The value of the euro dropped against other currencies on Jan 5 with its lowest rate against the yen in eleven years and a big drop against the U.S. dollar.
The BBC reports that the markets are unsettled following incidents such as the cost of borrowing in France rising, bank stocks in Italy dropping and Spain unveiling more austerity measures.
The Financial Times reports that Spanish economy minister Luis de Guindos says that Spanish banks need €50 billion in extra provisions. The figure of €50 billion represents about 4 percent of GDP in Spain. However, the minister is quoted as saying "In the great majority of cases, they can provide it themselves from their profits … and it could be done not in one year but over several years. We have a property problem in Spain, but it’s manageable … This €50bn is about 4 per cent of Spanish GDP. This is not Ireland. It’s a completely different order of magnitude.”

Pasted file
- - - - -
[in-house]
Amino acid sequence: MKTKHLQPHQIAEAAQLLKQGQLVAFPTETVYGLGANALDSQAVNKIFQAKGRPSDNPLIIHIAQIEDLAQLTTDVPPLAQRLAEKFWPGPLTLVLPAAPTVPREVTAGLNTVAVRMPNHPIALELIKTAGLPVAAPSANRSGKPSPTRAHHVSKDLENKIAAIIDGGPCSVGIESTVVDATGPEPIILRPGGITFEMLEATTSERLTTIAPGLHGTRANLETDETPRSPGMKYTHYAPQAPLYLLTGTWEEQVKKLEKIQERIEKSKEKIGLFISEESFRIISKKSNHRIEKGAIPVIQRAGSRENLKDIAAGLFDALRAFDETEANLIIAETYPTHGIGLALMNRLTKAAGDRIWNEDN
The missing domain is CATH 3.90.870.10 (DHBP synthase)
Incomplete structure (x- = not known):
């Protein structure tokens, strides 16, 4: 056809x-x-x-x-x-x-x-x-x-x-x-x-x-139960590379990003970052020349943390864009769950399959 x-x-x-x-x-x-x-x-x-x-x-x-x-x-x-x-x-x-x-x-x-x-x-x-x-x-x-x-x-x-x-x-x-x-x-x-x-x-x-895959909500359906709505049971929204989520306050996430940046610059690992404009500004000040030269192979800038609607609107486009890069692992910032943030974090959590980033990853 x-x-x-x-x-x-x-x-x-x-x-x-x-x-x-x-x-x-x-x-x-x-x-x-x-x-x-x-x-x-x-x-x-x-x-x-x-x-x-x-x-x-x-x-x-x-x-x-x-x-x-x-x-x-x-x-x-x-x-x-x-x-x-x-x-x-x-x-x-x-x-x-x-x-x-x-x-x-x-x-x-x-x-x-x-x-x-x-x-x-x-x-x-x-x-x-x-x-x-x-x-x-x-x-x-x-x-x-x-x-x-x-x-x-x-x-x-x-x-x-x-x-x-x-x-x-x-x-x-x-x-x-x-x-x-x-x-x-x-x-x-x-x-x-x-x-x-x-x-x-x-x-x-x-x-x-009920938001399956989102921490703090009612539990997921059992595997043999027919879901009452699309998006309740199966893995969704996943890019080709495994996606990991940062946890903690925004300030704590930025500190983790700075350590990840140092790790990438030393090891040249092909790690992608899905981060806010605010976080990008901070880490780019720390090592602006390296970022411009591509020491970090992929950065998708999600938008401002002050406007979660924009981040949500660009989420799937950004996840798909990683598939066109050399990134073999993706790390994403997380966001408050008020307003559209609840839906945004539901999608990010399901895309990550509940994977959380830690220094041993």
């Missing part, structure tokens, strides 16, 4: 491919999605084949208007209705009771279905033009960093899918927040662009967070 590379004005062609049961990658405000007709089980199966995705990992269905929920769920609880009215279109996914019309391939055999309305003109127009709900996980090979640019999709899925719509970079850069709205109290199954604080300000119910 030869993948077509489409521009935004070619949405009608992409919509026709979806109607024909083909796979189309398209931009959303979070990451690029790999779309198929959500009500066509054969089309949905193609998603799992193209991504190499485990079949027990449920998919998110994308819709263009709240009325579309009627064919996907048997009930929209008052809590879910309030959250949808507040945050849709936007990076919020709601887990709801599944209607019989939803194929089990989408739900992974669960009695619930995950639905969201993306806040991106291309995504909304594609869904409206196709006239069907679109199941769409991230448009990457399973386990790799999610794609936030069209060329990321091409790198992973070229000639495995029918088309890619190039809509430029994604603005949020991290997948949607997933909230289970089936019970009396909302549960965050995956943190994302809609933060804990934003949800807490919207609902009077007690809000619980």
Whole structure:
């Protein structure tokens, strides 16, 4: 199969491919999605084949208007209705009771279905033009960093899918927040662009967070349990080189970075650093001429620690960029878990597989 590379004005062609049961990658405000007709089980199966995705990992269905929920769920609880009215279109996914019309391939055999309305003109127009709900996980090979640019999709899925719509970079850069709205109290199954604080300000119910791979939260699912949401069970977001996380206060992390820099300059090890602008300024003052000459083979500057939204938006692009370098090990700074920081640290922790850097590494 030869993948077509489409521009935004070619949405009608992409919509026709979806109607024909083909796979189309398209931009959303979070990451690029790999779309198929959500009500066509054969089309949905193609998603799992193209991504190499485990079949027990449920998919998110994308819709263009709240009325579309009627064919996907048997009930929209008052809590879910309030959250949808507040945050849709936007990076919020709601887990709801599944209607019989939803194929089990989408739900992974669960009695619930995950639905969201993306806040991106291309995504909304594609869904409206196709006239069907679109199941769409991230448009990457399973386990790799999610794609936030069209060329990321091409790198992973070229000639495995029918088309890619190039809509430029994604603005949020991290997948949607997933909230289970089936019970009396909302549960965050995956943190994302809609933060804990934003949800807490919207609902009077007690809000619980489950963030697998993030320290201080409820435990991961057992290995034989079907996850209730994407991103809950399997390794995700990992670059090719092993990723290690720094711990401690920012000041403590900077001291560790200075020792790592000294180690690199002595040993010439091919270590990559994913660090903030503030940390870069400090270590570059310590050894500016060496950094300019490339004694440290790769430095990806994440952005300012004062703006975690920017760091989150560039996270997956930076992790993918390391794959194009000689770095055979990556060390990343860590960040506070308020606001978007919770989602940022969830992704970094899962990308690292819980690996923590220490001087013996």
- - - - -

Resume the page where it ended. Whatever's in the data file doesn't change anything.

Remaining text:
Spain also faces the problem of a deficit of 668 million euros in the Social Security system, the first time there has been a deficit since 1999. The Deputy Prime Minister Soraya Sáenz de Santamaría, in a report in El Pais, said that the newly elected government had been warned by the outgoing Socialist government that there was a problem but said that the Popular Party had not expected such a big deficit.
In other European countries, France sold €7.66 billion in government bonds on Jan 5, slightly less than had been expected by financial experts. Italian bonds rose above 7 percent which caused investors to worry, leading to significant drops in shares in Italian banks on the Milan stock exchange. The Eurozone problems are affecting non- EU countries such as Hungary which has seen protests in the street as its currency, the forint, also tumbles. Hungary is another country that is desperately looking to the EU and IMF for assistance.
What seems certain is that governments in Europe will have a lot of work to do in 2012.